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Deno 1.32

Deno 1.32: Enhanced Node.js Compatibility

🚨 Deno 1.32.0 contains a critical security issue. Please upgrade to 1.32.1.

Deno 1.32 has been tagged and released with the following new features and changes:

If you already have Deno installed, you can upgrade to 1.32 by running:

deno upgrade

If you are installing Deno for the first time:

# MacOS and Linux
curl -fsSL | sh

# Windows
iwr -useb | iex

Click here for more installation options.

Enhanced Node.js Compatibility

Deno continues to make significant strides in improving its compatibility with Node.js, offering a smoother overall developer experience. Key enhancements in this release include:

  • Limited package installation: Package installation is now limited to instances where code uses a bare specifier that matches an entry in the package.json file.
  • Lazy error surfacing: Dependency parsing errors in package.json are now surfaced in a lazy manner, minimizing disruptions.
  • Controlled auto-discovery: Package.json auto-discovery is disabled when the --no-config and --no-npm flags are set, providing greater control over the process.
  • New environment variable: A new DENO_NO_PACKAGE_JSON environment variable allows you to completely prevent Deno from resolving a package.json file within the environment.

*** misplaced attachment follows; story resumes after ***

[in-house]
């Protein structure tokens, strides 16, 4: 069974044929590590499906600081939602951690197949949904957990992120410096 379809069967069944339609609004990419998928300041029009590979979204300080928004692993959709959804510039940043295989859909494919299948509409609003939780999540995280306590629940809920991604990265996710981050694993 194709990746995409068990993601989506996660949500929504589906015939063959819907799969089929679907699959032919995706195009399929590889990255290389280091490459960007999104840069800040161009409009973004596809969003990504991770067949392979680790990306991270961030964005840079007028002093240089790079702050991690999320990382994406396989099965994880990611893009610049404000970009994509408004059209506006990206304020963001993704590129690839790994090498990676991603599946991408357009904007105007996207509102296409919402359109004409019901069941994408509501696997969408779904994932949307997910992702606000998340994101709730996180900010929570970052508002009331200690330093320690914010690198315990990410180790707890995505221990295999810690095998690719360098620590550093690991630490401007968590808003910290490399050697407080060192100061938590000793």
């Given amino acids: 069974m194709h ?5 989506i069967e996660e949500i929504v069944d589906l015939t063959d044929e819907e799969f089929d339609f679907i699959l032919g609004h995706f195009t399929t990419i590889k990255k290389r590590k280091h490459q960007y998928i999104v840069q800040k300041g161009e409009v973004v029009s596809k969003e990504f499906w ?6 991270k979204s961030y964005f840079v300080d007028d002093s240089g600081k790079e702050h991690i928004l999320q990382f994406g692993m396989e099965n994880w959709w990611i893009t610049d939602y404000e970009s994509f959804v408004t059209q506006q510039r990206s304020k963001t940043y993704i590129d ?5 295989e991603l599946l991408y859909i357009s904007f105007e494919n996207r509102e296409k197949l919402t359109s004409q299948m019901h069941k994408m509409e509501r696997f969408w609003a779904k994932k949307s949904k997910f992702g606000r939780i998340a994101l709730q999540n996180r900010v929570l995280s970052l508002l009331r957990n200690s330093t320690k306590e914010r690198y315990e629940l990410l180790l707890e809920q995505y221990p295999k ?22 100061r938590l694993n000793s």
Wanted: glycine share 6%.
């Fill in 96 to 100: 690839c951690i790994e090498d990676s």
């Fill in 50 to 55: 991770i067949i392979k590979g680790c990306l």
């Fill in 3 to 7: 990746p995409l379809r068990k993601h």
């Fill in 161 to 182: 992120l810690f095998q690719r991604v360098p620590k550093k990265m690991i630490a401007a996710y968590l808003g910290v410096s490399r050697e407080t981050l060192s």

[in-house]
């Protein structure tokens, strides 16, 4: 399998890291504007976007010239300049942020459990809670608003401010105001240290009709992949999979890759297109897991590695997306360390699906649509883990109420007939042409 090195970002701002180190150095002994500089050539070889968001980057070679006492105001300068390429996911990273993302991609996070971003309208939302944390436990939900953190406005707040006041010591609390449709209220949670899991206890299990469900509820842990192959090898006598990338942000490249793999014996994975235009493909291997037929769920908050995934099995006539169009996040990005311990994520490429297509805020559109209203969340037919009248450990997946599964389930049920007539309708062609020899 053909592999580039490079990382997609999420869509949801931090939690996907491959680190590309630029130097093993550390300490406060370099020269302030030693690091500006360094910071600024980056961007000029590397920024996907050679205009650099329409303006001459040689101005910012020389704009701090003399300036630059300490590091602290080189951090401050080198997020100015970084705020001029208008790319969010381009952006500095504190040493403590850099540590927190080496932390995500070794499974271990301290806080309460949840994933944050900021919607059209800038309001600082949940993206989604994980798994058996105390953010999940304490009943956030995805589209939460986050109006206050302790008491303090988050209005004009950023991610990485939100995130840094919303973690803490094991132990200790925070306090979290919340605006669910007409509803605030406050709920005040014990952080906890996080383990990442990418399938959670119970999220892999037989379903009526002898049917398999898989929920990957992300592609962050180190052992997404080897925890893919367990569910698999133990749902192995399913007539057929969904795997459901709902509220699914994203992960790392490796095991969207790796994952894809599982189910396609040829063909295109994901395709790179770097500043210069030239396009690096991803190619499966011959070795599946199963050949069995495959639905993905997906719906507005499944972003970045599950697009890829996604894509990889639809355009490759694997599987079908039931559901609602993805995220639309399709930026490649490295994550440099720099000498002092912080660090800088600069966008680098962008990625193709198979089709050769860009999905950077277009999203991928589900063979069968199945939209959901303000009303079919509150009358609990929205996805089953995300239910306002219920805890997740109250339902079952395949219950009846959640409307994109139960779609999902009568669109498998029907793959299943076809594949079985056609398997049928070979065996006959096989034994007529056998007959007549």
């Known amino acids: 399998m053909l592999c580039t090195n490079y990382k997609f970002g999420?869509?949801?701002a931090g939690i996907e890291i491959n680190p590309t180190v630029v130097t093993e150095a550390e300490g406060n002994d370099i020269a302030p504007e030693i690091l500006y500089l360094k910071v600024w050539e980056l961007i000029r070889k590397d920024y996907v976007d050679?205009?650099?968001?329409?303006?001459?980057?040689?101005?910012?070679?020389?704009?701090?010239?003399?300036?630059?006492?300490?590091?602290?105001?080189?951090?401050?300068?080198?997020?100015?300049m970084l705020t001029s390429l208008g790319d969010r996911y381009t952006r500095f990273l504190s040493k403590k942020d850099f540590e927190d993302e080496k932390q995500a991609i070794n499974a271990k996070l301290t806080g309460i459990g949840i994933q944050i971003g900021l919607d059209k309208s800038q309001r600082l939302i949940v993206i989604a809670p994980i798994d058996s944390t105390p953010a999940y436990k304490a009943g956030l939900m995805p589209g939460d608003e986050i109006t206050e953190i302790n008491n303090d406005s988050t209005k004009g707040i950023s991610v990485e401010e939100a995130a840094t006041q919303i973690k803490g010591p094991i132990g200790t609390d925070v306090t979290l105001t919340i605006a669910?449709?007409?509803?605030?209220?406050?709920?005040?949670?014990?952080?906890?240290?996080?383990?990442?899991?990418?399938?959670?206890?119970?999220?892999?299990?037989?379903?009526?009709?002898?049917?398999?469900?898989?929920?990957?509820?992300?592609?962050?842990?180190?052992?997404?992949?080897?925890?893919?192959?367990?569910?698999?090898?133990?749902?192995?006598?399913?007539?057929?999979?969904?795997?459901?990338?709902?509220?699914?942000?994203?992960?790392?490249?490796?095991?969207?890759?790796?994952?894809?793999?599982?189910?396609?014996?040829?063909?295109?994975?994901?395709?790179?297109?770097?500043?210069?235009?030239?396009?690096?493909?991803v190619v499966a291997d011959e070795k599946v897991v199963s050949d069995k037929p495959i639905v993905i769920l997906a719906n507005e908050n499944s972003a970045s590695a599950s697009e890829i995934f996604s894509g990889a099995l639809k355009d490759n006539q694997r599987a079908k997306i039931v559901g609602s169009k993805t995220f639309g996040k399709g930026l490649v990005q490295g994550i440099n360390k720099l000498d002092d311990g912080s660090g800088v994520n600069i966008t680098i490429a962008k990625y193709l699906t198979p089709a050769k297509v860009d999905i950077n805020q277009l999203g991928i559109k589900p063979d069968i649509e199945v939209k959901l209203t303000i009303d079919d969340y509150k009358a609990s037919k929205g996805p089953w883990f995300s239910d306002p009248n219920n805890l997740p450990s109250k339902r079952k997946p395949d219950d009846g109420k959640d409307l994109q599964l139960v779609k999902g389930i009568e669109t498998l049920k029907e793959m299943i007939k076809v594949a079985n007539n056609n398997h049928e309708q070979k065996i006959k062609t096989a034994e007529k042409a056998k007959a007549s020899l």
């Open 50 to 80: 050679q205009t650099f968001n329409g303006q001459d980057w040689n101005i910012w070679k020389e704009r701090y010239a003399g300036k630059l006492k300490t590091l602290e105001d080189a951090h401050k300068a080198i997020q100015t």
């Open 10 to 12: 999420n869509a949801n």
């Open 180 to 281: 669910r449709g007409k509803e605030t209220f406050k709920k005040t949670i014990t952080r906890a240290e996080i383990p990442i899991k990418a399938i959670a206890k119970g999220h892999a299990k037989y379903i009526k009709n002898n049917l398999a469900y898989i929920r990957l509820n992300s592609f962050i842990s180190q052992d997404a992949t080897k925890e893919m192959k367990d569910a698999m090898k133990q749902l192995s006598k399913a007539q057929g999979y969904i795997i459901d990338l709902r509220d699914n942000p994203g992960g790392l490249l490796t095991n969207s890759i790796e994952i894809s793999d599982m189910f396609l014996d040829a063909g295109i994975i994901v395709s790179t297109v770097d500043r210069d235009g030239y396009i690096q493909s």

• Expanded crypto support: Support for the createCipheriv and createDecipheriv APIs in "node:crypto" has been added, expanding the range of available cryptographic functions.

These targeted usability improvements collectively contribute to a more seamless and efficient development experience when working with Deno and Node.js.

deno compile support for web workers and dynamic import

This release brings two highly requested update to deno compile. It is now possible to use dynamic imports and Web Worker API with binaries created using deno compile subcommand. Together this makes multi-threaded programs more easily buildable with deno compile.

If your dynamic import statements are statically analyzable (or in other words if you used string literals inside import()) the specifiers will be automatically included in the produced binaries:

// main.js
const dynamicModule = await import("./dynamic_module.js");

// dynamic_module.js
export function hello() {
  return "hello world!";
$ deno compile -o dynamic_import_example main.js
Compile file:///dev/main.js
Emit dynamic_import_example
$ ./dynamic_import_example
hello world!

For cases where the specifiers are not statically analyzable, you can use the new --include flag to specify additional files to include in the binary. This flag can be used multiple times.

// main.js
const worker1 = new Worker(import.meta.resolve("./worker1.js"), {
  type: "module",

worker1.postMessage("hello from main!");
worker1.onmessage = (e) => {
  console.log("main received",;

const worker2 = new Worker(import.meta.resolve("./worker2.js"), {
  type: "module",

worker2.postMessage("hello from main!");
worker2.onmessage = (e) => {
  console.log("main received",;
// worker1.js
self.onmessage = (e) => {
  console.log("worker1 received:",;
  self.postMessage("hello from worker1!");
// worker2.js
self.onmessage = (e) => {
  console.log("worker2 received:",;
  self.postMessage("hello from worker2!");
$ deno compile --include worker1.js --include worker2.js -o worker_example main.js